Obesity: Genomics and Postgenomics - download pdf or read online

Nonfiction 2

By Karine Clement, Thorkild I. A. Sorensen

This e-book offers a finished account of our present realizing of the mechanisms of weight problems via studying weight problems genotypes and phenotypes, genes and gene mutations, and present effects from animal version examine and genetic stories in several human forms and populations. via assisting readers comprehend the effect of genetic elements within the improvement of weight problems and key molecules on the topic of the pathophysiology of the illness, this resource hopes to pinpoint new pathways for the prevention and administration of weight problems in a number of populations.

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Fat as a risk factor for overconsumption: satiation, satiety, and patterns of eating. ):S63–9. Ello-Martin JA, Ledikwe JH, Rolls BJ. The influence of food portion size and energy density on energy intake: implications for weight management. ):236S–41S. Lissner L. Measuring food intake in studies of obesity. Public Health Nutr 2002; 5(6A):889–92. Nelson M, Bingham SA. Assessment of food consumption and nutrient intake. In: Margetts BM, Nelson M, eds. Design Concepts in Nutritional Epidemiology, Oxford University Press, 2nd ed, 1997, pp.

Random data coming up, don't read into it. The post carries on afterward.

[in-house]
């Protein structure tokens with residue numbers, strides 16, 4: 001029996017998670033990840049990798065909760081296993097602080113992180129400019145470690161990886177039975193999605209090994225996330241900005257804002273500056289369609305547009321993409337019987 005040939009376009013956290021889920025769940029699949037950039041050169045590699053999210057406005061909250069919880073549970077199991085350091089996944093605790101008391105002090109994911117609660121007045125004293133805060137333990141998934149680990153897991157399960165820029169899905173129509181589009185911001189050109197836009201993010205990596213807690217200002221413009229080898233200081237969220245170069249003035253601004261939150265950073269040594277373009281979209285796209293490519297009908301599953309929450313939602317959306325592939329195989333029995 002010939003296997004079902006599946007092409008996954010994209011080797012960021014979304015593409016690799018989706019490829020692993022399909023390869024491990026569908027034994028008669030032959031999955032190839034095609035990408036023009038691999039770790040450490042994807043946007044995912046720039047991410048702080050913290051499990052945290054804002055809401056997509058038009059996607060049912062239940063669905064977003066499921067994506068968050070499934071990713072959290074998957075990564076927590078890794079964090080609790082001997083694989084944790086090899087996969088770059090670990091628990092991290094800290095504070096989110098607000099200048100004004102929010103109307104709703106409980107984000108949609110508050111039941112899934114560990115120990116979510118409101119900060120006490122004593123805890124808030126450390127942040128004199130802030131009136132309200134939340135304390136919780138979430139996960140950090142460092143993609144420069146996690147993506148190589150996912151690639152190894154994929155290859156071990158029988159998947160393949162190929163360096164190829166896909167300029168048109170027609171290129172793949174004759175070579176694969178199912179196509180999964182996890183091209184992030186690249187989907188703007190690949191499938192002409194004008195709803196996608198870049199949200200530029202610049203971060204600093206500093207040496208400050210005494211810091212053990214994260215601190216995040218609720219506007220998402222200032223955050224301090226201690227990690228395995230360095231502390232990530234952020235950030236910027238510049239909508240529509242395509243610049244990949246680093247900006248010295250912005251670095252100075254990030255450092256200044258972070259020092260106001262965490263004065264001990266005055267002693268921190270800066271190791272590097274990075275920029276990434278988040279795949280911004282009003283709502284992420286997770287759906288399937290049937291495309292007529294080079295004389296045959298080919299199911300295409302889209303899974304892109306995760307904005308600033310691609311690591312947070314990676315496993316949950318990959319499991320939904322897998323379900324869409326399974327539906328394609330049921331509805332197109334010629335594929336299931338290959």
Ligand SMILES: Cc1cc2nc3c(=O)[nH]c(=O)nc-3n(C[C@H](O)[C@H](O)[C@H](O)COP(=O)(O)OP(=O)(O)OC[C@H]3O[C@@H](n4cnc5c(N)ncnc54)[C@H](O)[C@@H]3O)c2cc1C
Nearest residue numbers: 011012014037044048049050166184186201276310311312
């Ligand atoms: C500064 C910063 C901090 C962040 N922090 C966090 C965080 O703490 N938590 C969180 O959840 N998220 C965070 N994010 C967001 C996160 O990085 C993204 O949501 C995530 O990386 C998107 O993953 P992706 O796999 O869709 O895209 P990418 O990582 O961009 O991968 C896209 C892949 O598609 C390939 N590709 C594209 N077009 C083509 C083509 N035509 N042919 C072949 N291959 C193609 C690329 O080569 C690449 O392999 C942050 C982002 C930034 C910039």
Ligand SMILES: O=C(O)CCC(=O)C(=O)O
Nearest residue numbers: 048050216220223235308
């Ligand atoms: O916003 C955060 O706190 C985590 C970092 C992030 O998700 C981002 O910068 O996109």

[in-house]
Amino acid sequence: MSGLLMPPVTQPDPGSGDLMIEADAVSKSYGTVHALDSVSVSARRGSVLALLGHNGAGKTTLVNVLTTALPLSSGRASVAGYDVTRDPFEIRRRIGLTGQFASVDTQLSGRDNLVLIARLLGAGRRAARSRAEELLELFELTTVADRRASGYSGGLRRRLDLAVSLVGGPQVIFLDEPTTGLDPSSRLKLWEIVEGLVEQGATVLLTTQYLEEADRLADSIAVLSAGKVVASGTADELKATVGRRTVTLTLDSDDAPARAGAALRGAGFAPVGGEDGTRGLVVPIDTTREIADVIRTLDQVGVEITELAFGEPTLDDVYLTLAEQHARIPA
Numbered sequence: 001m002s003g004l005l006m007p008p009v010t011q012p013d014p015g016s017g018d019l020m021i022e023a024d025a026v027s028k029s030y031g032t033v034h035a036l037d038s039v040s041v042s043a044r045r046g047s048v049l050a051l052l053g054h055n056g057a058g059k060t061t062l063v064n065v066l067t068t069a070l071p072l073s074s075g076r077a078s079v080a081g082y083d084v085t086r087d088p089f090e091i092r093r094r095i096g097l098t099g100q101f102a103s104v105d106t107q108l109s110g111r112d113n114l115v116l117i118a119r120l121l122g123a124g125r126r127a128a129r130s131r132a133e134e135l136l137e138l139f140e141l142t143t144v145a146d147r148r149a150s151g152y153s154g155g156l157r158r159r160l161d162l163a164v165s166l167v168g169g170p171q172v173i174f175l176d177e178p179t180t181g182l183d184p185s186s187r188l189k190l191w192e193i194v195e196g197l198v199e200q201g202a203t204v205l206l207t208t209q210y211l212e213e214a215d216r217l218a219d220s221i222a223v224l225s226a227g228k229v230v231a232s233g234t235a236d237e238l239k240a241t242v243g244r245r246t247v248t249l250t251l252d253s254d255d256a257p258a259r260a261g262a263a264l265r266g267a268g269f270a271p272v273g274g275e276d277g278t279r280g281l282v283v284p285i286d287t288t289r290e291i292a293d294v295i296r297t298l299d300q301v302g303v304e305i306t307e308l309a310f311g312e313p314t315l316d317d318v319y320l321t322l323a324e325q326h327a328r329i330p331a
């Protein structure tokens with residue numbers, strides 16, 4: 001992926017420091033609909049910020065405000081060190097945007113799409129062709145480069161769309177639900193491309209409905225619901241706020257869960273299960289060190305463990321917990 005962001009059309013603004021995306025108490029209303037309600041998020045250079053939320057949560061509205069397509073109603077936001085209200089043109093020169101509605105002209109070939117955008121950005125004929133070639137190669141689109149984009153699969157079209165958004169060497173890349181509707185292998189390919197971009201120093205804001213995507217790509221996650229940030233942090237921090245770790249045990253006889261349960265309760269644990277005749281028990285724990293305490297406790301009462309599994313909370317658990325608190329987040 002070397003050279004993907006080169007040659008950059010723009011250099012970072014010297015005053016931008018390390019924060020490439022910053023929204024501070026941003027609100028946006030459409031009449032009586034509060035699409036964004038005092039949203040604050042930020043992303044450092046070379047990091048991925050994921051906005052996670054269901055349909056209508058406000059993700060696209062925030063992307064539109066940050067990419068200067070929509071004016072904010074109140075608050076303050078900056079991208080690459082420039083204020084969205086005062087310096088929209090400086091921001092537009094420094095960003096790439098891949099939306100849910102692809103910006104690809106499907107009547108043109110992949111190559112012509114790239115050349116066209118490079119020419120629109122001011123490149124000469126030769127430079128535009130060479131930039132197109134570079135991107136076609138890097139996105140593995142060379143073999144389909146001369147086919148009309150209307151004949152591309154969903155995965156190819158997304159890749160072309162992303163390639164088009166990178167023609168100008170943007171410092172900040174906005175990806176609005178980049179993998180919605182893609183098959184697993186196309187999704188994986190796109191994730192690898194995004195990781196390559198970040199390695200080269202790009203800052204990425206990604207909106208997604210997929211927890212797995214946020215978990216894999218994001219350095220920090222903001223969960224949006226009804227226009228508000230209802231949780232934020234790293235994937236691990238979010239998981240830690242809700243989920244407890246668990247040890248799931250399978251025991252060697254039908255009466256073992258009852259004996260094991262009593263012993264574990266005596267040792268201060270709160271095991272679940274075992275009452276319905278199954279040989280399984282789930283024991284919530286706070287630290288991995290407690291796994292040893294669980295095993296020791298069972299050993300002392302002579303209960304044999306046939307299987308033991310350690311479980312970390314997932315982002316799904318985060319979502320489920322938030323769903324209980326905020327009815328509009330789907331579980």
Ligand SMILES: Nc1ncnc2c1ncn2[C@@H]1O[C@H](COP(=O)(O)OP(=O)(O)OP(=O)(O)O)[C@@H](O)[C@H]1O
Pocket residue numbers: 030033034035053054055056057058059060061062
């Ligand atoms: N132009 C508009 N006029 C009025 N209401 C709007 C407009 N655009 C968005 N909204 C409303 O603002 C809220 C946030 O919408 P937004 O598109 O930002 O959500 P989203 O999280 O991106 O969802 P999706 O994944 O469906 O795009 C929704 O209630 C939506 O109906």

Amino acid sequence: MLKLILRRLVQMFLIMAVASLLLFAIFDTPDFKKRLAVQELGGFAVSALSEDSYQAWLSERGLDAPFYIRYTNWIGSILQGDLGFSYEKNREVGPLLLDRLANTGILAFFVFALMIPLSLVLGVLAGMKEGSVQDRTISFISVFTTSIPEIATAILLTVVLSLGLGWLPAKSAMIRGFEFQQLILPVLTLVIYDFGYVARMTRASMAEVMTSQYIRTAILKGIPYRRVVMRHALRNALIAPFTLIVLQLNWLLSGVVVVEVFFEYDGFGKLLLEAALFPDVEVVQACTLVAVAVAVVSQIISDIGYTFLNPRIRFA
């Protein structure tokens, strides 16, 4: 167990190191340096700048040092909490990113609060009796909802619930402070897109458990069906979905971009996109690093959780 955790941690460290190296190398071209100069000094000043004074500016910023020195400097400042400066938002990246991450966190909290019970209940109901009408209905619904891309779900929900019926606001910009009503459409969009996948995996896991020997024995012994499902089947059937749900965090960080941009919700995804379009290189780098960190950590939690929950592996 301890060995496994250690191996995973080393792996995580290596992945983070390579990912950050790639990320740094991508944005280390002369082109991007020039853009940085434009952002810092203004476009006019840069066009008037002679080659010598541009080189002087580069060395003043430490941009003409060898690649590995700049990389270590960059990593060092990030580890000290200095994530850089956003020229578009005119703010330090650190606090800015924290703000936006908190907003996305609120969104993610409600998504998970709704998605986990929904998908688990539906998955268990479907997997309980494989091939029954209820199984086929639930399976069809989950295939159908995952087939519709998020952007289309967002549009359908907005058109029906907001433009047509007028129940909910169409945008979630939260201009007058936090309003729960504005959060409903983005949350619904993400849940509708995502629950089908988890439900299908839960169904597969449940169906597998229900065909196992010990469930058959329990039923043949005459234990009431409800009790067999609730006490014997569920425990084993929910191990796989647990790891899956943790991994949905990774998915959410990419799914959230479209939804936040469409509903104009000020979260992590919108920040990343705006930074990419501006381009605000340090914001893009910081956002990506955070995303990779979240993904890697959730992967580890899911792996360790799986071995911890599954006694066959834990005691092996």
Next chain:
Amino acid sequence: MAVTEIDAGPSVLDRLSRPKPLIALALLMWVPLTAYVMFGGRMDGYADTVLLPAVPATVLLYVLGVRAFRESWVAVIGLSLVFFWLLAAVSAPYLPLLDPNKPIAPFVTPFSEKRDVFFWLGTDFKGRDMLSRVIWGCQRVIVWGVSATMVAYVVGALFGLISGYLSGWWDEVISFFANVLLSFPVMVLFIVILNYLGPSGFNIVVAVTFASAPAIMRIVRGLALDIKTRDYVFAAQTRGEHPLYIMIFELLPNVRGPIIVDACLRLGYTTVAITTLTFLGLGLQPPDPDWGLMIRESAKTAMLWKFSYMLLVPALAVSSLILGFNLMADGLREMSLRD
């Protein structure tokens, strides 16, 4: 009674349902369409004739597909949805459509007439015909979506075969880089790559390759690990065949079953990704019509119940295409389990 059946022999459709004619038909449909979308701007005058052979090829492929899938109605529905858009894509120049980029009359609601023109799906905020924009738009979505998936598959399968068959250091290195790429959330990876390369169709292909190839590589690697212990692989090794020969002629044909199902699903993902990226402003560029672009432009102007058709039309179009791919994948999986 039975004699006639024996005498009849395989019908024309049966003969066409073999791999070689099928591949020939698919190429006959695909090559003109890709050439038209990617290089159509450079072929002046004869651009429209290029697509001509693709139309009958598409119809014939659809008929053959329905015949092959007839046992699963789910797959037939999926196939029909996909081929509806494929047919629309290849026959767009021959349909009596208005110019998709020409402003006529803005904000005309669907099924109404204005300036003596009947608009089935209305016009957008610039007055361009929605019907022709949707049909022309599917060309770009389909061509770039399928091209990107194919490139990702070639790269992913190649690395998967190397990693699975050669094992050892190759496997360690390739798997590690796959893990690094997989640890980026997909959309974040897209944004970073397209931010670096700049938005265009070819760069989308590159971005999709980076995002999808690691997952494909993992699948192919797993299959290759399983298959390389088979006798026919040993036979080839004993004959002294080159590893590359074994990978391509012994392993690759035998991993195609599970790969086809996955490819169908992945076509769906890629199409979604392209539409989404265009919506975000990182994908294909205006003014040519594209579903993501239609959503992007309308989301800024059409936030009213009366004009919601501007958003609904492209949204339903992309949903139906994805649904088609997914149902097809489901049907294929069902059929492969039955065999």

Cutoffs for increased WC proposed by Lean et al. (32) have been endorsed by several organizations and consensus conferences (1,26). 85 in women) (32). Two WC levels (one for increased risk, two for substantially increased risk) were identified, separately for men and women, with reported specificity and sensitivity 96%: level 1 is 80 cm in women and 94 cm in men, level 2 is 88 cm in women and 102 cm in men. 6 in women with WC over level 2 compared to those under the cutoff value (31). Based on the relationships of WC with CT-measured abdominal visceral fat other cutoffs have been proposed (100 cm before and 90 cm after age 40, in both genders) (33).

Obesity and the environment: where do we go from here? Science 2003; 299:853–5. Willett WC. Anthropometric measures and body composition. In: Willett W, ed. Nutritional Epidemiology. 2nd ed. Oxford: Oxford University Press, 1998:244–72. Troiano RP, Frongillo EA Jr, Sobal J et al. The relationship between body weight and mortality: a quantitative analysis of combined information from existing studies. Int J Obes Relat Metab Disord 1996; 20:63–75. Inoue S, Zimmet P, eds. The Asia-Pacific Perspective: Redefining Obesity and Its Treatment.

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